There’s been considerable hype in the last week from News Limited and the Coalition about the purported threat to a free press from Stephen Conroy’s plan to require the print and online media’s self-regulatory bodies to show they can self-regulate.

How times change.

In 2002, then-communications minister Richard Alston, eager to find a way to remove cross-media ownership restrictions, proposed to address media diversity concerns via “editorial separation”. That involved companies that wanted to merge demonstrating to the government-appointed regulator (then called the Australian Broadcasting Authority) that they had separate and publicly available editorial policies; appropriate and publicly available organisational charts; and separate editorial news management, news compilation process and news gathering and interpretation capabilities.

Org charts and editorial policies are one thing, but the proposed legislation would have handed the government-appointed regulator the power to dictate the structure, staffing and journalistic methods of newspapers if they became part of a cross-media entity, backed by the threat of refusing approval to major media mergers.

The prospect of this power deeply disturbed some industry figures. Fairfax, in its submission to the inquiry on the bills, warned:

“Parliament should be extremely wary to see written into law words such as ‘news management’, ‘news compilation processes’ and ‘news interpretation capabilities’.  First, no one knows what such phrases actually mean — they have never been defined in law.  Second, such words go to the heart of our editorial processes.  Third, the government has never had direct oversight over editorial processes — and for excellent reason.  Fourth, to have the heart of our editorial processes subject to government review and regulation is to present an immediate threat to the free operation of those editorial processes. These provisions therefore would compromise the free operation of a free press in a democracy.”

The MEAA warned “these proposals involve dangerous governmental involvement in the day-to-day workings of the media”.

News Ltd, however, supported the proposed requirement. In its submission, the only comment it made on editorial separation requirements was that the conditions for meeting them be made clear in legislation, so the ABA would have less scope to reject applications, thereby giving more certainty to investors. “This environment has made cross-media and foreign ownership restrictions inappropriate and, to a certain extent, irrelevant,” said News Ltd. “They should be removed or at least have processes which allow for exemptions, as proposed in the Bill.”

Scroll forward to 2006. As part of the price for securing the support of the National Party to free up media ownership laws, then-communications minister Helen Coonan added amendments to the Broadcasting Services Act affecting both regional television and radio news services. The amendments were dictated by Queensland National Paul Neville, who had previously conducted an inquiry into regional radio issues, and who was considered to be the Coalition’s expert on local media content issues.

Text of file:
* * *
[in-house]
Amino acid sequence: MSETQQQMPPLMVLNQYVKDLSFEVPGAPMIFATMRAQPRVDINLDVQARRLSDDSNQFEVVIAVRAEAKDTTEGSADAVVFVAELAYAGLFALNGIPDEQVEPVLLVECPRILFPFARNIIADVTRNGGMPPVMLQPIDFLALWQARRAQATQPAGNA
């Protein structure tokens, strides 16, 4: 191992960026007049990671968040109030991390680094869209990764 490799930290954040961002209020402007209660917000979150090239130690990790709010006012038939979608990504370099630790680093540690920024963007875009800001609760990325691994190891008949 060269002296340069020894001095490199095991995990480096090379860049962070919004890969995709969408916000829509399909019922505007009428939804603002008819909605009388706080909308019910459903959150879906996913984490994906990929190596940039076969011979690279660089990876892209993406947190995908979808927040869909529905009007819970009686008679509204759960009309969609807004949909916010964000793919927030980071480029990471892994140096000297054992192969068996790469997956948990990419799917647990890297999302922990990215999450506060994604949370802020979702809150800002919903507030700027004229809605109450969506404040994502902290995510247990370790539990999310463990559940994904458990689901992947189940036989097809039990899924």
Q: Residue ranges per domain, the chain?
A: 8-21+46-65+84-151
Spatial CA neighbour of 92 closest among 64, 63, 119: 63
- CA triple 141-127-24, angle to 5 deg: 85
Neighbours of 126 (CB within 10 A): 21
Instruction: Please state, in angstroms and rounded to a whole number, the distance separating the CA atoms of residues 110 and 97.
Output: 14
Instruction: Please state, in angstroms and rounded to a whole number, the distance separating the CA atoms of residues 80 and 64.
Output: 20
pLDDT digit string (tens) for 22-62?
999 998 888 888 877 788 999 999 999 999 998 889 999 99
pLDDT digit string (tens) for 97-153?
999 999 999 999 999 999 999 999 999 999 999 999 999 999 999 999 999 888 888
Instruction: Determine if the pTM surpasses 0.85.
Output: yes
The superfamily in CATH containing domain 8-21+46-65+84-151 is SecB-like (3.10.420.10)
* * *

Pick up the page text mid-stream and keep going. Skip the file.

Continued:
For regional television, ACMA was made to impose a licence condition on regional television broadcasters to broadcast “a minimum level of material of local significance” regardless of whether that material would be watched or was wanted by audiences.

For regional radio, ACMA had to impose a licence condition on any radio licensee that changed ownership, containing a number of requirements:

  • To maintain an “existing level of local presence” relating to staffing levels, studios and production facilities
  • To require at least 4.5 hours of local content and a minimum number of minutes of local news — 12.5 minutes a day
  • To lodge with ACMA a “local content plan” to explain how licensees would meet local content requirements.

Moreover, the minister was given a power to direct ACMA about how it was to oversee all these requirements, and was given an unrestricted power to direct ACMA to impose more conditions on licensees about local content.

The commercial radio industry was outraged about these additional requirements and powers, and long complained about them. The Commercial Radio Association in its submission expressed particular concern about the wide powers of the minister, and raised the possibility of ministers “punishing” broadcasters for issues other than their compliance with their licence conditions. In 2012, the current government removed the most onerous requirements.

News Ltd made a submission to the inquiry into the legislation opposing the package, but only because it would allow television broadcasters to multichannel while keeping the same anti-competitive restraints on Foxtel in relation to sports, via anti-siphoning. Nowhere in its submission was the issue of a free press mentioned and there is no mention of radio at all. And the Liberal Party’s cabinet ministers and backbench waved through these powers as the price of securing National Party support for other media law reforms.

When the Gillard government proposes that the newspaper industry’s existing self-regulatory model, which the industry claims is highly effective, be demonstrated to be so, without any direct role for government of any kind, News Ltd says it’s Stalinism, while the Coalition claims it’s the worst attack on a free press since WWII. How things have changed since the Howard government proposed direct regulation of newspaper journalism and succeeded in imposing direct regulation of radio and television journalism in regional Australia.

*Disclosure: Bernard Keane worked in the Department of Communications from 2000-08 and worked on the 2006 media reform package